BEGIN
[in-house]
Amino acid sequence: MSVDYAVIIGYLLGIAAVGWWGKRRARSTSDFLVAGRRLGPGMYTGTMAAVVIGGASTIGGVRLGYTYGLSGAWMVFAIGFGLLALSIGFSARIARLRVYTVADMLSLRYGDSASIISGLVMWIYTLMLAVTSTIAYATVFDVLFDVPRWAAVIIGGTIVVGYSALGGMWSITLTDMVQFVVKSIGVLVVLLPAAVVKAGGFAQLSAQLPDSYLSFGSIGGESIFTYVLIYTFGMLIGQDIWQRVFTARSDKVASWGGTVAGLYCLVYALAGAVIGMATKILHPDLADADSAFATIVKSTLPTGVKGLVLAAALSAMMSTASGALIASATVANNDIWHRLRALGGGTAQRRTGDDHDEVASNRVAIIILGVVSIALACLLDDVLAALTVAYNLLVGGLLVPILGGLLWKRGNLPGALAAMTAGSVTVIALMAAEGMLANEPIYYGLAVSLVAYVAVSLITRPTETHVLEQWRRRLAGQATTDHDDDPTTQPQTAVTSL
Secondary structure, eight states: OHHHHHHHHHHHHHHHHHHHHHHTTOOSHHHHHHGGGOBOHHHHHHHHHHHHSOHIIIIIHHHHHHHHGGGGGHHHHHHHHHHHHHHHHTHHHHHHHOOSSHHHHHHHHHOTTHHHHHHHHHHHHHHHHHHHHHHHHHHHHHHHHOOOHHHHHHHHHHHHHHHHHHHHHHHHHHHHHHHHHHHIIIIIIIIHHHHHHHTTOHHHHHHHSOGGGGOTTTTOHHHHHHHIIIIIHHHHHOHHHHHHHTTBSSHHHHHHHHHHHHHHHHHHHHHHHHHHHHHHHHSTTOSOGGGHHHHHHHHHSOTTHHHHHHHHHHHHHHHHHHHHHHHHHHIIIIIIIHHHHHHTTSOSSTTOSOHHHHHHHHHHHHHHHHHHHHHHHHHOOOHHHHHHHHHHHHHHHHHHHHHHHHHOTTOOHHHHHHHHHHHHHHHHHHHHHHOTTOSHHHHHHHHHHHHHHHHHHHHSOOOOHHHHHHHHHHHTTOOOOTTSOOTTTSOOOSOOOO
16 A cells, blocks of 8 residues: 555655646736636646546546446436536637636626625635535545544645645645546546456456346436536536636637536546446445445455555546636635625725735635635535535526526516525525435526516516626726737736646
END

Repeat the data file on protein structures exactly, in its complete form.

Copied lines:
[in-house]
Amino acid sequence: MSVDYAVIIGYLLGIAAVGWWGKRRARSTSDFLVAGRRLGPGMYTGTMAAVVIGGASTIGGVRLGYTYGLSGAWMVFAIGFGLLALSIGFSARIARLRVYTVADMLSLRYGDSASIISGLVMWIYTLMLAVTSTIAYATVFDVLFDVPRWAAVIIGGTIVVGYSALGGMWSITLTDMVQFVVKSIGVLVVLLPAAVVKAGGFAQLSAQLPDSYLSFGSIGGESIFTYVLIYTFGMLIGQDIWQRVFTARSDKVASWGGTVAGLYCLVYALAGAVIGMATKILHPDLADADSAFATIVKSTLPTGVKGLVLAAALSAMMSTASGALIASATVANNDIWHRLRALGGGTAQRRTGDDHDEVASNRVAIIILGVVSIALACLLDDVLAALTVAYNLLVGGLLVPILGGLLWKRGNLPGALAAMTAGSVTVIALMAAEGMLANEPIYYGLAVSLVAYVAVSLITRPTETHVLEQWRRRLAGQATTDHDDDPTTQPQTAVTSL
Secondary structure, eight states: OHHHHHHHHHHHHHHHHHHHHHHTTOOSHHHHHHGGGOBOHHHHHHHHHHHHSOHIIIIIHHHHHHHHGGGGGHHHHHHHHHHHHHHHHTHHHHHHHOOSSHHHHHHHHHOTTHHHHHHHHHHHHHHHHHHHHHHHHHHHHHHHHOOOHHHHHHHHHHHHHHHHHHHHHHHHHHHHHHHHHHHIIIIIIIIHHHHHHHTTOHHHHHHHSOGGGGOTTTTOHHHHHHHIIIIIHHHHHOHHHHHHHTTBSSHHHHHHHHHHHHHHHHHHHHHHHHHHHHHHHHSTTOSOGGGHHHHHHHHHSOTTHHHHHHHHHHHHHHHHHHHHHHHHHHIIIIIIIHHHHHHTTSOSSTTOSOHHHHHHHHHHHHHHHHHHHHHHHHHOOOHHHHHHHHHHHHHHHHHHHHHHHHHOTTOOHHHHHHHHHHHHHHHHHHHHHHOTTOSHHHHHHHHHHHHHHHHHHHHSOOOOHHHHHHHHHHHTTOOOOTTSOOTTTSOOOSOOOO
16 A cells, blocks of 8 residues: 555655646736636646546546446436536637636626625635535545544645645645546546456456346436536536636637536546446445445455555546636635625725735635635535535526526516525525435526516516626726737736646